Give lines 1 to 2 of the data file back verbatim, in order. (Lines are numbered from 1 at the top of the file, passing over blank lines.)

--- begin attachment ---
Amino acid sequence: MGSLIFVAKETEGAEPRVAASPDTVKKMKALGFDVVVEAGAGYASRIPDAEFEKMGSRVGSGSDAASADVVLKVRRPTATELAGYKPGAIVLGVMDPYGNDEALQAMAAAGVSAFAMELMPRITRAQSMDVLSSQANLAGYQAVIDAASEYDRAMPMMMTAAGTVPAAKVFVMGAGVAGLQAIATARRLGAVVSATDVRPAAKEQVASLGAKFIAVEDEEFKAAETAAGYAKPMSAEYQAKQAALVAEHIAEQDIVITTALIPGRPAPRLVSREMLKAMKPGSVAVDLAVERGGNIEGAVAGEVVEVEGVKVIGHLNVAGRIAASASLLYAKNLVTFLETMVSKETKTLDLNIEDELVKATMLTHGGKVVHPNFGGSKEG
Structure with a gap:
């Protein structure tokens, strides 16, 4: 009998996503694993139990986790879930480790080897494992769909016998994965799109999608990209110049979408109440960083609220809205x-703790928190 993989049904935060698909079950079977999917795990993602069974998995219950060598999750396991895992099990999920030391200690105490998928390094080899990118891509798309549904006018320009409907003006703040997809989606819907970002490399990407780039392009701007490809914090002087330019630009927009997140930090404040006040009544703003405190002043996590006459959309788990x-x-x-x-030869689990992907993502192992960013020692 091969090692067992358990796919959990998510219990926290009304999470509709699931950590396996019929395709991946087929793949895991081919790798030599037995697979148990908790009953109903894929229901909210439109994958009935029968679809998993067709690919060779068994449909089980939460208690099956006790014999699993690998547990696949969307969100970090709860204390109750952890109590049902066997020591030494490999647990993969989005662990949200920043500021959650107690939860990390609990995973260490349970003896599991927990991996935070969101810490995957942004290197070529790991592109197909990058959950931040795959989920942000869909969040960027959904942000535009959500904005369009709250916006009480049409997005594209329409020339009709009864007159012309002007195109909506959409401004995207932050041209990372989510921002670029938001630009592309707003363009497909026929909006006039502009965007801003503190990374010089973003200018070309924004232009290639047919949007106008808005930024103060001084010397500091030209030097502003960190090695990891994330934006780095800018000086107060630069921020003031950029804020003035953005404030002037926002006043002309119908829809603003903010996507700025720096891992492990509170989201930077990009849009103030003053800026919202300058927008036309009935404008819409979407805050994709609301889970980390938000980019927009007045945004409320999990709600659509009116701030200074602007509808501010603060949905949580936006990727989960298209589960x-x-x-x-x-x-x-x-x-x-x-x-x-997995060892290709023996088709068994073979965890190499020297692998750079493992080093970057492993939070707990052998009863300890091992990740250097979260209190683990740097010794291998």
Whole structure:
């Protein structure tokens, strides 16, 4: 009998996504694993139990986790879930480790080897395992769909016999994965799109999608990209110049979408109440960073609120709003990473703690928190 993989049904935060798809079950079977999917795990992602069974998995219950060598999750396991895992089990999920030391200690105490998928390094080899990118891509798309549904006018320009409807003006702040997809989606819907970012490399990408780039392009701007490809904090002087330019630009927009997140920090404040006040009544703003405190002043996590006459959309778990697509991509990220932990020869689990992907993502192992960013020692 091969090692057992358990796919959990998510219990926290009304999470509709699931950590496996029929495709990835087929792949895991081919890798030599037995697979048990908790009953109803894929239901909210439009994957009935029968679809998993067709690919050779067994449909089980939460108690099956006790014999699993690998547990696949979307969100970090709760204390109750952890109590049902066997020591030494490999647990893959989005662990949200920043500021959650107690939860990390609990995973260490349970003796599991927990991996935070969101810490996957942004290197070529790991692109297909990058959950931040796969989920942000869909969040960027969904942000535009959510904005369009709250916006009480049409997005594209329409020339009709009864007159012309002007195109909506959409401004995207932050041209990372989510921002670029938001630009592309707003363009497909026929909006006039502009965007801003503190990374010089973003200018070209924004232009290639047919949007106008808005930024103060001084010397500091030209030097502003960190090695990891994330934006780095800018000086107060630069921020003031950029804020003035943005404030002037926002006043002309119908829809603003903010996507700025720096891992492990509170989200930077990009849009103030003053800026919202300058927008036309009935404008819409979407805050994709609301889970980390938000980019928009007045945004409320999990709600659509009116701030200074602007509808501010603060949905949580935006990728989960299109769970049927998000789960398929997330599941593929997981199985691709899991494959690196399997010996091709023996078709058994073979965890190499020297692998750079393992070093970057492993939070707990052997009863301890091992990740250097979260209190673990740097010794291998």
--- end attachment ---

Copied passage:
Amino acid sequence: MGSLIFVAKETEGAEPRVAASPDTVKKMKALGFDVVVEAGAGYASRIPDAEFEKMGSRVGSGSDAASADVVLKVRRPTATELAGYKPGAIVLGVMDPYGNDEALQAMAAAGVSAFAMELMPRITRAQSMDVLSSQANLAGYQAVIDAASEYDRAMPMMMTAAGTVPAAKVFVMGAGVAGLQAIATARRLGAVVSATDVRPAAKEQVASLGAKFIAVEDEEFKAAETAAGYAKPMSAEYQAKQAALVAEHIAEQDIVITTALIPGRPAPRLVSREMLKAMKPGSVAVDLAVERGGNIEGAVAGEVVEVEGVKVIGHLNVAGRIAASASLLYAKNLVTFLETMVSKETKTLDLNIEDELVKATMLTHGGKVVHPNFGGSKEG
Structure with a gap: